Francesca Burgoyne from RSC ChemNet takes a look at why you should get some work experience and how to go about finding a placement

Student scientist working at the laboratory

Source:  Alexander Raths / Shutterstock

If you think you’d like a job that involves chemistry, it’s a good idea to get some work experience in an industry that uses the chemical sciences.

Work experience can give you an insight into how science can be used to solve some of the problems that society faces. It’s an opportunity to find out what you are good at, to learn new skills, to find out if a particular job suits you and maybe put some of the chemistry you’ve learnt into practice.

Do I really need work experience?

Even if you already know you’d like to be a chemist, there are lots of reasons why getting work experience is a good idea.

It puts you ahead of the game and shows that you’re keen and committed when you’re applying for university or your first job. If you’ve taken the time to find and complete a work placement, then admissions tutors and potential employers know you are serious.

Recent studies have shown that university graduates are more likely to be employed if they already have work experience, often because they are taken on by the companies that gave them the placement in the first place. Companies like to employ people they already know they can trust.

Your application for the next stage in your career will be stronger. Your CV will stand out, and in interviews you will be able to talk about the skills and experience you’ve gained. If you do well on your placement, you should be able to get a job reference from the organisation you work for.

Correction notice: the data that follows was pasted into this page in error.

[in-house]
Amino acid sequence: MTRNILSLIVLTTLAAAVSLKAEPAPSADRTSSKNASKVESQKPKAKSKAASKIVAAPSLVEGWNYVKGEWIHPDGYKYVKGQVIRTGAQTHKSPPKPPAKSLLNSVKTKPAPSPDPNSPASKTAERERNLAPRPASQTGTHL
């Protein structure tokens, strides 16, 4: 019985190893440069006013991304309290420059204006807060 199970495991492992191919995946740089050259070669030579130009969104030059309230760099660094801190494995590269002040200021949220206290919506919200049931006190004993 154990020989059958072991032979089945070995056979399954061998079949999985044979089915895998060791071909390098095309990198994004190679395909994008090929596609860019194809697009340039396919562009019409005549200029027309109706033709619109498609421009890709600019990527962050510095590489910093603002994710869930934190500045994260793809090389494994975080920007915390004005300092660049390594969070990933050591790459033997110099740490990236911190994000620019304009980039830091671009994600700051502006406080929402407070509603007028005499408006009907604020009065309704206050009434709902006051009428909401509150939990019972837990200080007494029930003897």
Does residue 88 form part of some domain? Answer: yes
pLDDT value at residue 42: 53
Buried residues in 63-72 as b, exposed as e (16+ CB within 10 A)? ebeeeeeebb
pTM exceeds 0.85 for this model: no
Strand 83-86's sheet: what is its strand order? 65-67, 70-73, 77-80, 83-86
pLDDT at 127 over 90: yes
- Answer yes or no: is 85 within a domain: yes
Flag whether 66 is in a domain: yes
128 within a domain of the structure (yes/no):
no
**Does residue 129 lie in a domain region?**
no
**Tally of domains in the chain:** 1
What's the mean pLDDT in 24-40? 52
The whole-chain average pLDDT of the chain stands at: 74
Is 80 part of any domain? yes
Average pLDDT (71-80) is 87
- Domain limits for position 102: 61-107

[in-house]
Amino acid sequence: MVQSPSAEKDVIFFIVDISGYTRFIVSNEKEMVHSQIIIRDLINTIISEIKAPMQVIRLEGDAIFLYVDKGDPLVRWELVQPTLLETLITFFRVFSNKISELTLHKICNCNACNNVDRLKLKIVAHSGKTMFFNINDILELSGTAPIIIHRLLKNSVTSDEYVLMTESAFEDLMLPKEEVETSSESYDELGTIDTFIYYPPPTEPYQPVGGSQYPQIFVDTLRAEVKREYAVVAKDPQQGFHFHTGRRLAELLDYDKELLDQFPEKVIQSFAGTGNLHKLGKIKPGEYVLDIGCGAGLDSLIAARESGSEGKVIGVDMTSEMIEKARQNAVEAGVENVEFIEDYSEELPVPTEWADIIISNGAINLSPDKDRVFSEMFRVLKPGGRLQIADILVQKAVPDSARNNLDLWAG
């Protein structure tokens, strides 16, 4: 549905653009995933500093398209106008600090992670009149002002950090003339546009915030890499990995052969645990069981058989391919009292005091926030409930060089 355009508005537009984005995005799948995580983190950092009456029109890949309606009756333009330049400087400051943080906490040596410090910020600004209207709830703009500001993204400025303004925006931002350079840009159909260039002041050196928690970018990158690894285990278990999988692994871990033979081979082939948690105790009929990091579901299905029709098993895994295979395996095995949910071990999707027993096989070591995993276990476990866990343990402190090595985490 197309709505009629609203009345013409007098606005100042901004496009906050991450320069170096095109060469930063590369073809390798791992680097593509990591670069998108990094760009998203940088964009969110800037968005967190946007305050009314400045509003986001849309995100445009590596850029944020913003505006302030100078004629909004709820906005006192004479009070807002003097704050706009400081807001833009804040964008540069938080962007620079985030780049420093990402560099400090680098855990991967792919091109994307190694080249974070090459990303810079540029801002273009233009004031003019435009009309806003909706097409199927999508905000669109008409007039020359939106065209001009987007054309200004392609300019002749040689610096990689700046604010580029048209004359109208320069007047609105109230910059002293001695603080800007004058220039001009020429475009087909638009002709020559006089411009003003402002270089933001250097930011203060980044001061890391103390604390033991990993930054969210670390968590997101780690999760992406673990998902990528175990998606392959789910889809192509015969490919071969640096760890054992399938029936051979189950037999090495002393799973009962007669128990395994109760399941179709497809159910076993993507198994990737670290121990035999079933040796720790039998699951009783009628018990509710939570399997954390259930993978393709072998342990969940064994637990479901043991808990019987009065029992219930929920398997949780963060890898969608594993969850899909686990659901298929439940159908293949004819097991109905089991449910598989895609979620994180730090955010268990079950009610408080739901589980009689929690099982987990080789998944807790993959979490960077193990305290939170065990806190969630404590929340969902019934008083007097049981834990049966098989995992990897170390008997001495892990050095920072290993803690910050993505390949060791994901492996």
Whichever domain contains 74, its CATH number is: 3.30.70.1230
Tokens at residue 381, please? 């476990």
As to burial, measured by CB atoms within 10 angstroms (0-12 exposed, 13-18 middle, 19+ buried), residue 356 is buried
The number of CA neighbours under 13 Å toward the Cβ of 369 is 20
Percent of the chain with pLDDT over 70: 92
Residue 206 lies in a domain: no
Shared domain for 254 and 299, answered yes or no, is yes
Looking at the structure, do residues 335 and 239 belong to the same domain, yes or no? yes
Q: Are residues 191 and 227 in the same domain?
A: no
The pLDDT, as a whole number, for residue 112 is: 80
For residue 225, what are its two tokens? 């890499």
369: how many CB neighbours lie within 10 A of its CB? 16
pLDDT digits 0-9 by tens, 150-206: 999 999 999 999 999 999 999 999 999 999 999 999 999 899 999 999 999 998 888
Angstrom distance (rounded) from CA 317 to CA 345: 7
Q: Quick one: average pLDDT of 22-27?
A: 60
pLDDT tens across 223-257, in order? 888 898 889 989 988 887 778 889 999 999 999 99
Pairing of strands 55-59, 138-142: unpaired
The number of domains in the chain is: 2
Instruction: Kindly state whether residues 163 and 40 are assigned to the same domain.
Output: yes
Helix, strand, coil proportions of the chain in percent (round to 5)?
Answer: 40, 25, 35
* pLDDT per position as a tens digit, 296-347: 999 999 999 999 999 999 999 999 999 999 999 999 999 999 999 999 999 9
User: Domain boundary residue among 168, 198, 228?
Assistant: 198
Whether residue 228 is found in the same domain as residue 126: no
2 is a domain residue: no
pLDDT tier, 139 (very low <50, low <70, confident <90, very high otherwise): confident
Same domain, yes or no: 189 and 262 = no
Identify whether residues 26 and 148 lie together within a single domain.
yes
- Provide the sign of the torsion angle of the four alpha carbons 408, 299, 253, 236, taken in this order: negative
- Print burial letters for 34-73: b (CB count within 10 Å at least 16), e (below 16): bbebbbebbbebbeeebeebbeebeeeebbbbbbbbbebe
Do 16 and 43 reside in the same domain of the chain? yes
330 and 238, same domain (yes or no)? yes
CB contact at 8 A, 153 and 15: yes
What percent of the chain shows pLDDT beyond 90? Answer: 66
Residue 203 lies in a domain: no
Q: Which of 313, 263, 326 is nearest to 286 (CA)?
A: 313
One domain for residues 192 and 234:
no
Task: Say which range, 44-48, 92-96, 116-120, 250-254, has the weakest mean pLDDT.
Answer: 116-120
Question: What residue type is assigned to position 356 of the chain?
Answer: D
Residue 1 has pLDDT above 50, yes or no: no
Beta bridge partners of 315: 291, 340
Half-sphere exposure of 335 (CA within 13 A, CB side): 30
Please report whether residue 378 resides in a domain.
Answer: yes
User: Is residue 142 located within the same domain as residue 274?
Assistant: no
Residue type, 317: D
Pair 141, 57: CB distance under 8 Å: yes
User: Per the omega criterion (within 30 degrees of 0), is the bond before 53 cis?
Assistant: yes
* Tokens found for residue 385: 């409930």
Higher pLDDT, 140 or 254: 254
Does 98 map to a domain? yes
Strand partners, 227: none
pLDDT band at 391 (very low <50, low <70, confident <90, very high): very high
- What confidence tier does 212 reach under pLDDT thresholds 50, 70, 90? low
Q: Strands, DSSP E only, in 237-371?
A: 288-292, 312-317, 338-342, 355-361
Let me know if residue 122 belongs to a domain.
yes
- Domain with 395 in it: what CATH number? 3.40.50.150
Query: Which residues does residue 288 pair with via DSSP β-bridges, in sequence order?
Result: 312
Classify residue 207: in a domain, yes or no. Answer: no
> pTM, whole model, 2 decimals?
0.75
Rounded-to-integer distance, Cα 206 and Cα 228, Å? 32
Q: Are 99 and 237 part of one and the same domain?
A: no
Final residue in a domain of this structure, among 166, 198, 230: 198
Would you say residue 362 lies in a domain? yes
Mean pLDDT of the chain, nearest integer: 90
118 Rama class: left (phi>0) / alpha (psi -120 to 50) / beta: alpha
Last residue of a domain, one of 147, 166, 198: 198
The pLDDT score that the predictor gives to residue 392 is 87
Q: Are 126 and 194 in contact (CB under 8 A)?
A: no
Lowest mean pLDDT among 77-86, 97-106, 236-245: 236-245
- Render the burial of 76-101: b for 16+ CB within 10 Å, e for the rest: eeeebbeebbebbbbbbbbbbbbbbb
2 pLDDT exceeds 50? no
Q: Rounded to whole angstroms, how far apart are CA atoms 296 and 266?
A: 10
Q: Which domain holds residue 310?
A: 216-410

So how do I get it?

First, think about what you want to get out of a placement. What are you interested in? Do you want to get some experience of a particular sector or industry? Do you want to know what it’s like to work for a large company?

The internet is the best place to start when looking for companies in particular industries, but just typing in ‘work experience chemistry’ won’t yield the best results. It does require some digging to get a good placement, but the payoff will be worth it.

Some places to start looking:

  • Family and friends – it’s all about who you know. If you have a great aunt who happens to be the chair of a multinational pharmaceutical company, give her a call!
  • Local companies – find out what chemical companies are in your area and whether they have work placement schemes.
  • Find out what other students have done – your school careers service will be help out, or speak to students in the years above you.
  • University research labs – some universities are able to take students for short placements in their research labs.
  • Try your RSC Local Section – RSC members have a wealth of experience and it’s all connected to chemistry. They might be able to put you in contact with someone with a placement opportunity.
  • Nuffield Research placements – each year the Nuffield Foundation provides over 1000 students the opportunity to work alongside professional scientists across the UK.

This article was originally published in The Mole